The Merry Cemetery – National Historic Site
The Cemetery was created in 1935 by the local sculptor Stan Ioan Patras. In the cemetery the entire life of the village’s community is represented trough bas-relief carvings painted in bright colors, the over dominating color being the “Sapanata Blue” followed by a short epitaph, written in folk language that shows the life and concerns of the deceased: the farmer, the shepherd, the forester, the logger, the weaving craftswoman, the carpenter, the teacher, the seller, the doctor, the soldier, the drunk, etc., in over 800 wooden crosses.
Sapanta is a small village situated in the northern part of Romania in the region known as Maramures. The 3,500 inhabitants of Sapanta are, like the people of Maramures in general, recognized for their strong character and their ability to combine the traditions of the past with the modernity of the present—this is the key to understanding the phenomenon of their village cemetery. The Merry Cemetery, as it has come to be known, is unique both in Maramures and in Romania
In the mid-1930’s Stan Ioan Patras made a living carving the ubiquitous monumental wooden gates that Maramures farmers take pride in as well as crosses for the cemetery in his village. Little by little, wishing to better serve his clients, he started to paint the crosses in order to protect them from rain and frost, thus making them last longer. Blue was the color that imposed itself from the very beginning. Gradually, the geometric and floral motifs, as well as those of the sun and moon that he had carved on the gates, were incorporated by Patras into the crosses. The colors he chose for these motifs were those he saw around him: on the woven rugs and clothes for which the Sapanta women were reputed, on the local ceramic, or on the icons painted on glass. Thus, the blue background came to alternate with red, yellow, dark green, black and white shapes.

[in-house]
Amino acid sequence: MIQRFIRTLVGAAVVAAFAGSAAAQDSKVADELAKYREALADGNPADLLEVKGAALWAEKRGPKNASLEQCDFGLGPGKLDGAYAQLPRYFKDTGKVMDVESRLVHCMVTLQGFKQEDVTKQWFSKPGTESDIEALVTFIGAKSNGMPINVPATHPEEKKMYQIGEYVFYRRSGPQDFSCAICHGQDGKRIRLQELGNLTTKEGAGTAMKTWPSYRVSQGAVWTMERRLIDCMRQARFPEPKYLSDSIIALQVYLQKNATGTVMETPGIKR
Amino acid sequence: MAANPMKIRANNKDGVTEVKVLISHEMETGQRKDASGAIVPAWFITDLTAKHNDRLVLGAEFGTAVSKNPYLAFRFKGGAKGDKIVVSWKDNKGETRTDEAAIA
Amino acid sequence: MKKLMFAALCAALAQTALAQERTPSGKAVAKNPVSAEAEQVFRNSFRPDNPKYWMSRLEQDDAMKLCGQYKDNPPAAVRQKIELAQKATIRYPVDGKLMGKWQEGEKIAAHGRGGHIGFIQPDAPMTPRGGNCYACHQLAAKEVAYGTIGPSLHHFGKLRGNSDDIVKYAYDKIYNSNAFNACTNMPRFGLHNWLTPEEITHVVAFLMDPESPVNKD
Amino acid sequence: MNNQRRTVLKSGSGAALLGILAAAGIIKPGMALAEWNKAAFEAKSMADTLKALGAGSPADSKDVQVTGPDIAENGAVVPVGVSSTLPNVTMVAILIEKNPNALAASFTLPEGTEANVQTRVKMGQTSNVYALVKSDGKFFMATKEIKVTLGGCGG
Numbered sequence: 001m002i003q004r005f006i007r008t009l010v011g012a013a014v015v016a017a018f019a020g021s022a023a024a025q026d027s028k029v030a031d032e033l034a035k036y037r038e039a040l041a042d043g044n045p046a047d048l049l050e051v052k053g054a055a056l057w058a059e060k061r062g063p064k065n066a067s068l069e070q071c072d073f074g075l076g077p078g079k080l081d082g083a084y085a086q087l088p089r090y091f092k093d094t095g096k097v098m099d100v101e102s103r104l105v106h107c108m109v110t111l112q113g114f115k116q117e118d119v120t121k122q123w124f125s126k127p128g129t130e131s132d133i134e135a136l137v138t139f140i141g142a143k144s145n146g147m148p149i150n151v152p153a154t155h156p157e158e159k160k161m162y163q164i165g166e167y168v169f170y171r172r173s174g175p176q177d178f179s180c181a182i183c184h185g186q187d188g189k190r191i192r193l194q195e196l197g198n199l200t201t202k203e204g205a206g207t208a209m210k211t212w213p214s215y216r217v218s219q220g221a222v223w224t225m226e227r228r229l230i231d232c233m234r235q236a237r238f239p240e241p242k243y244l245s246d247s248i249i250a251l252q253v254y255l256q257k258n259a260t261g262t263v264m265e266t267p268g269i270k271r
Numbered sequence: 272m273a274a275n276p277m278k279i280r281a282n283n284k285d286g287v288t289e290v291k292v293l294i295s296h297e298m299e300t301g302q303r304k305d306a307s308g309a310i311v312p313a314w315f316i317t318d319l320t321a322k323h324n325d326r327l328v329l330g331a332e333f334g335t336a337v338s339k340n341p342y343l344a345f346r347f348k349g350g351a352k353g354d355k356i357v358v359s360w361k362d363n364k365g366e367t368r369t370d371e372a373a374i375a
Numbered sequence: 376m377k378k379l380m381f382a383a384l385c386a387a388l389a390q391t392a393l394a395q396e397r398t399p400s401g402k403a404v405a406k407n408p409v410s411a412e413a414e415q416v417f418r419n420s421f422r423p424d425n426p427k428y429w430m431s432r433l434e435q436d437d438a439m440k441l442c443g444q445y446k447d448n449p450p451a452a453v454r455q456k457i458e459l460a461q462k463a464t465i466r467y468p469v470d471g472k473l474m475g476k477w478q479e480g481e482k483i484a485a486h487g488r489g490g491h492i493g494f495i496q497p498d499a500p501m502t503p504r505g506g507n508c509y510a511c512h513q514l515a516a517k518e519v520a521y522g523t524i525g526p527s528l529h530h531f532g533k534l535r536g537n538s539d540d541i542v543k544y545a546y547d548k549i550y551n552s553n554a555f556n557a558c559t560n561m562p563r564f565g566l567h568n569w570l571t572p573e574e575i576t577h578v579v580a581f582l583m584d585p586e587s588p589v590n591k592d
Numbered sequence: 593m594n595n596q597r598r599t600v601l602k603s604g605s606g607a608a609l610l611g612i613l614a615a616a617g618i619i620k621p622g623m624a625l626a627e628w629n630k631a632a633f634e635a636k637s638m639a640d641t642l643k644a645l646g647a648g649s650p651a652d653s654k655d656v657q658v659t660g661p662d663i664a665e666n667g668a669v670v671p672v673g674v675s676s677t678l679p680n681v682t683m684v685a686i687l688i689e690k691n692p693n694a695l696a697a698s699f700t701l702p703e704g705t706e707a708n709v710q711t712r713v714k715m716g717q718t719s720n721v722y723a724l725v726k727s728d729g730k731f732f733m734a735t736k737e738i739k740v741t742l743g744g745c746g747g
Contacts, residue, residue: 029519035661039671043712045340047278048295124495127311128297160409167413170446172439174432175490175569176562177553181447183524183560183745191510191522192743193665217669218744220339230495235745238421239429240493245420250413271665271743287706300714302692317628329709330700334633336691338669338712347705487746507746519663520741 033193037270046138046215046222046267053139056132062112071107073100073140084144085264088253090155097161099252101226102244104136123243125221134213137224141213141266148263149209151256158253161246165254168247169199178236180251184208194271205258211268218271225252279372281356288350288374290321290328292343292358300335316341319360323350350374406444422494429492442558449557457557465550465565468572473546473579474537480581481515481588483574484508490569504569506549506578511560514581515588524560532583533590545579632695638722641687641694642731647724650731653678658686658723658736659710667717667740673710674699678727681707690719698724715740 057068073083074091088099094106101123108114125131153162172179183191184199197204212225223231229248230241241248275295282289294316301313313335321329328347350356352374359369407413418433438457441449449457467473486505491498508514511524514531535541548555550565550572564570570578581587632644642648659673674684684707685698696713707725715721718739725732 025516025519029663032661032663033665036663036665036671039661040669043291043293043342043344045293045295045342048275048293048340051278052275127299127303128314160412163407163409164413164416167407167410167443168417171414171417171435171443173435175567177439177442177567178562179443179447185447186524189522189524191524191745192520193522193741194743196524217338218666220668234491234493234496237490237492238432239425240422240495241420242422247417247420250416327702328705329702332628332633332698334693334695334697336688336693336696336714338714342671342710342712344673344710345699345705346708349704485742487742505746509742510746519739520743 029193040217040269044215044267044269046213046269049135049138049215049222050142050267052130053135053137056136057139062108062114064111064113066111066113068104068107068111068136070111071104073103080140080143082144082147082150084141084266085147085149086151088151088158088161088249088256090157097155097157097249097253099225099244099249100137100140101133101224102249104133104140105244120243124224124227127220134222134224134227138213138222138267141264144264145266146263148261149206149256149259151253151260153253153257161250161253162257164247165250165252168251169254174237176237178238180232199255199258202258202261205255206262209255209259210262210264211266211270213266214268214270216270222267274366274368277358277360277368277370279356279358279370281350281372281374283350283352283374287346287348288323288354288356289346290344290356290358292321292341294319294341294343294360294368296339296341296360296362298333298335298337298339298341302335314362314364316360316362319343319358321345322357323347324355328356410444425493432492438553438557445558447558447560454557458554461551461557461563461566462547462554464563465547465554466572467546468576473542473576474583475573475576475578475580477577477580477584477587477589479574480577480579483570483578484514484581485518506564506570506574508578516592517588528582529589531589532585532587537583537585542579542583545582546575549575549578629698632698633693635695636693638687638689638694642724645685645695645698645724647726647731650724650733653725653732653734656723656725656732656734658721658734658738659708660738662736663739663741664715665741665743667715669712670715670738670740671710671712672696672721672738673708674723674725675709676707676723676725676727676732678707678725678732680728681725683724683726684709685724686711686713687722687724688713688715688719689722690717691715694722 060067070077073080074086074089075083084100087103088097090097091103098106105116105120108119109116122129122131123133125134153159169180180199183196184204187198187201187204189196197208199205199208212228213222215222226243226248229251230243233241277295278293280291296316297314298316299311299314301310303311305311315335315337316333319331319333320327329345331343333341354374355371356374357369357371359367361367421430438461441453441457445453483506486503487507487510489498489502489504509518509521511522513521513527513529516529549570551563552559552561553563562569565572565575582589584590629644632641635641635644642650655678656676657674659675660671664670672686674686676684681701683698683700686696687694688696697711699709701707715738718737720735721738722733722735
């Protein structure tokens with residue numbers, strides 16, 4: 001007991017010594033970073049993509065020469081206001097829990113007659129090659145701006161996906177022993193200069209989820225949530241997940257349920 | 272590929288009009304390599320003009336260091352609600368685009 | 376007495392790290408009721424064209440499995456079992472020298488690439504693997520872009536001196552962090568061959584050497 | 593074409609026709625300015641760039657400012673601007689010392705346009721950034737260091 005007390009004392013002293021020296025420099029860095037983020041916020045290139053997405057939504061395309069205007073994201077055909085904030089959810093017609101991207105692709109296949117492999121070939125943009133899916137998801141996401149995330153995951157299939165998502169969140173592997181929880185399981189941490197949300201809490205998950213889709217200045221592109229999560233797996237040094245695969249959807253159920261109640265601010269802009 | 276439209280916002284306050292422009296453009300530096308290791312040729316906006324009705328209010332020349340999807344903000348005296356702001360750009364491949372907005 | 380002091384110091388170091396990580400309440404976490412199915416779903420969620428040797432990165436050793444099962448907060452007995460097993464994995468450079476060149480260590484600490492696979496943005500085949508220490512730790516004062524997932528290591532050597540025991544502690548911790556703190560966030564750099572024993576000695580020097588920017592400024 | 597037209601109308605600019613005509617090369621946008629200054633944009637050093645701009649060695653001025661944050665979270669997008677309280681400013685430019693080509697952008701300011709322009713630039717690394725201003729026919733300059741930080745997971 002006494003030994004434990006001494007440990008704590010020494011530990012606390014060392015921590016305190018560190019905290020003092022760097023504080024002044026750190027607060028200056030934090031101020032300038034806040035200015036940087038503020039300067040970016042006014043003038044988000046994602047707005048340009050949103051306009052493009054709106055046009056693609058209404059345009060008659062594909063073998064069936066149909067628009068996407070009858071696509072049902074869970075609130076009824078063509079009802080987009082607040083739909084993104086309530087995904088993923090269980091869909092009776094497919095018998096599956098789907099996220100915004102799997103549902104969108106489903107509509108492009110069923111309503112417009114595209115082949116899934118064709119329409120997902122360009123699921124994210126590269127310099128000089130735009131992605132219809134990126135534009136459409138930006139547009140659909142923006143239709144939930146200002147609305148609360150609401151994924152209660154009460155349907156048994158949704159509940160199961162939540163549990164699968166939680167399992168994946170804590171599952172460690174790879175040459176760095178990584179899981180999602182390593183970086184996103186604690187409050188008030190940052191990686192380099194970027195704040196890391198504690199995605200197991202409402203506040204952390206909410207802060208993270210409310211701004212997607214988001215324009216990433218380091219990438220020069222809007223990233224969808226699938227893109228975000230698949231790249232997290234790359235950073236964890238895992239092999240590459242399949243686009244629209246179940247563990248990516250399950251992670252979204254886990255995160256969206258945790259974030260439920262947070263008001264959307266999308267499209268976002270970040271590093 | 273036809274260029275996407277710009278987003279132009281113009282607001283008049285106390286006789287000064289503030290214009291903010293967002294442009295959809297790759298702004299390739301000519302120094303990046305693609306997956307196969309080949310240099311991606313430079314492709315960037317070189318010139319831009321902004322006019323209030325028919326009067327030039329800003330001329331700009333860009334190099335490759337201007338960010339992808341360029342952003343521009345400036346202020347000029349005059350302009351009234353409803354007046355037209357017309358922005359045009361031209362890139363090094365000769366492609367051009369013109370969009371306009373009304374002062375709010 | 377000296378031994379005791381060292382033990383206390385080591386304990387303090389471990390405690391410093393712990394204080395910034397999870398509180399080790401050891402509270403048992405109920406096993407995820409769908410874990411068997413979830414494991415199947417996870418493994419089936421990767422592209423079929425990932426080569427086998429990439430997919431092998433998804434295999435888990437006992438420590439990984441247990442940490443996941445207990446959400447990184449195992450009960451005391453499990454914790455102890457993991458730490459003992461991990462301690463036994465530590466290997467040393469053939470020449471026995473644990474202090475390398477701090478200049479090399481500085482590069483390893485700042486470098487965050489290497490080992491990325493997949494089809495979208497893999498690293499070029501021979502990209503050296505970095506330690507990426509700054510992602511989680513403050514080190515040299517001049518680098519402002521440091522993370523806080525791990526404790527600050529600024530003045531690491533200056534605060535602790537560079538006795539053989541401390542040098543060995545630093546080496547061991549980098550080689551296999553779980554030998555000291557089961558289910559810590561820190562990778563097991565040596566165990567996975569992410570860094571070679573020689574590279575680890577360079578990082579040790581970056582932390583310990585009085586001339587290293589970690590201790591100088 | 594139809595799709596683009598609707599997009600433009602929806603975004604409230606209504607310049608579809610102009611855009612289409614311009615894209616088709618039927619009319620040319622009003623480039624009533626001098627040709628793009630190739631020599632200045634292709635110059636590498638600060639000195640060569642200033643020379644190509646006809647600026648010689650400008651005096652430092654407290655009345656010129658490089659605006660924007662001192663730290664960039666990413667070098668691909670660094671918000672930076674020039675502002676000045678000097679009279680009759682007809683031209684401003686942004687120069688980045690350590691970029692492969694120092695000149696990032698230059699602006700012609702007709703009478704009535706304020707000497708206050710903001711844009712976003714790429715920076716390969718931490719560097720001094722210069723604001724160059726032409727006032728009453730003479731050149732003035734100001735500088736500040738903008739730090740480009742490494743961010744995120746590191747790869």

“The first tourist attraction in the beautiful region of Maramures, on the Iza Valley is the Merry Cemetery. This cemetery was created by Stan Ioan Patras, who had sculpted crosses without epitaphs until 1935. However, he started describing briefly the life of the deceased, without providing details on the life of their family members. People speak highly about the dead in all the cemeteries all over the world. However, this is not the case of Sapanta, where the life of the deceased is described just like in reality, on all the 1,000 crosses in the cemetery. The crosses are decorated with images of Christian men or women, heads bowed, praying. They also feature images of the daily routines in Sapanta. The participants in the first symposium of funeral monuments in Pennsylvania, the Merry Cemetery in Sapanta was ranked first in Europe and second in the world, after the Valley of the Kings in Egypt, Luxor, as the most interesting funeral monuments. “